I'm a Mom and a School Nurse: Here's How To Know When To Keep Your Kid Home Sick From School

A mom and an elementary school nurse discusses the challenges parents face navigating a pandemic school year, along with the way schools operate to keep students safe.

Mom and a school nurse
Photo: Kailey Whitman

With the first part of the school year nearly behind us, it's clear that this year is one of the most challenging we've encountered to date. Every day, parents face difficult decisions regarding the well-being of their families. They, along with school faculty and students, all navigate an unpredictable school landscape.

As a mom and an elementary school nurse myself, I'm uniquely positioned to see what is happening behind both home and school walls. Here are my thoughts on the challenges parents face navigating a pandemic school year, and what parents don't always realize about the way schools operate to keep students safe.

Parents Are All Just Doing Their Best Without Child Care Options

From an outsider's perspective, it can be difficult to understand a parent's decision to go against school guidelines and send their child to school with the sniffles, or to fight against a school's policy requiring a two-week quarantine due to exposure to COVID-19. After all, these policies were clearly designed to keep us safe and, at this point in the pandemic, feel like common sense.

However, as a mom, I can understand parents' frustration with the ever-changing and unpredictable school landscape. Many parents with young children lack affordable child care options and, after more than a year of balancing child care on top of all their other responsibilities, are feeling burned out and exhausted. For most, keeping their child at home while they try to work stopped feeling feasible a long time ago. Meanwhile, others were never in a position where they could do both and are currently trying to rebuild or restart their careers. Having to add daily child care back to their list of responsibilities feels like a regression to an earlier point in the pandemic when there were no other options.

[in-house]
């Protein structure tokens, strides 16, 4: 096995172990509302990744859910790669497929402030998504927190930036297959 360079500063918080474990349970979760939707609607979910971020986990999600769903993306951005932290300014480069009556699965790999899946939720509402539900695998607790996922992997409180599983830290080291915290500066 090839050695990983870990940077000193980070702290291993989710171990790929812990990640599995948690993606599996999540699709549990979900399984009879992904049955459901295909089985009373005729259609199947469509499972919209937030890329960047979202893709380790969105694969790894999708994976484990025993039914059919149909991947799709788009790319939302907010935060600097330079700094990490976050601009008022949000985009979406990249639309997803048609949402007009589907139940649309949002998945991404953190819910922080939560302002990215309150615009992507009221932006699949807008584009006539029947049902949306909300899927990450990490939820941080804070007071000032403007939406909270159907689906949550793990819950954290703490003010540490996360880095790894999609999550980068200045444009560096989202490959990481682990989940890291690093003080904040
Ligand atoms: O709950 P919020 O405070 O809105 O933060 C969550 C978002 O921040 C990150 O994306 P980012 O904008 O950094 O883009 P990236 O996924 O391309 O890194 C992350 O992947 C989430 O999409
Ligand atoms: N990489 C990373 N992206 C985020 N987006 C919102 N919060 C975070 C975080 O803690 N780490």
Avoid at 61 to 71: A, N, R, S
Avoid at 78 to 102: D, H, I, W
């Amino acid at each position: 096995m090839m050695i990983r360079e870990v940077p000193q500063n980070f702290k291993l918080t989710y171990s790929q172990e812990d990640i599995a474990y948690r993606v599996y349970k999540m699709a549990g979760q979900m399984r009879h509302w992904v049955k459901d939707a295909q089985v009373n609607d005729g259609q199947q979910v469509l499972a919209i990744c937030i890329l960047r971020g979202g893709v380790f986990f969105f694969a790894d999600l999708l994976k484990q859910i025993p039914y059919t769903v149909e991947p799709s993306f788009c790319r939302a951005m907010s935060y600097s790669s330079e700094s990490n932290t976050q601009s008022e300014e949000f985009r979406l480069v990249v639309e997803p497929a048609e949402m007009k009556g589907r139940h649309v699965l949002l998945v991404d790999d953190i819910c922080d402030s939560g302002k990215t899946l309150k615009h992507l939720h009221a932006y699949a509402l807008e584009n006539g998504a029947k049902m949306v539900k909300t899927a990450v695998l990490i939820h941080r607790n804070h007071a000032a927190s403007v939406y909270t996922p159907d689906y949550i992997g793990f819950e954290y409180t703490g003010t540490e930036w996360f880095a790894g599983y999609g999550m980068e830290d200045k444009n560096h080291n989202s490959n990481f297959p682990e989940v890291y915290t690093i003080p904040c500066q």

Parents who send their sick children to school or argue against the two-week quarantine might also do so because they are concerned about the constant disruptions to their child's education and school experience. With repeated exposures and quarantines forcing some children to miss more school days than they have attended, the back-to-school experience has not been what some families hoped it would be.

What Happens When You Send a Sick Child to School?

I empathize with these parents' situations and wish I could bring solutions to the table. But as a school nurse who sees what really happens when a sick child is sent to school, my message for parents is this: keeping children home when they are sick is imperative for the long-term well-being of the children, educators, and the entire school community.

For parents who are concerned that their child will miss school, I want to remind them that if a teacher, or a majority of the class, contracts a contagious illness (whether the flu, strep, or COVID-19), the disruptions this could cause to their child's school experience could be far worse than just two weeks away. Whole classrooms and schools have been shut down in similar situations.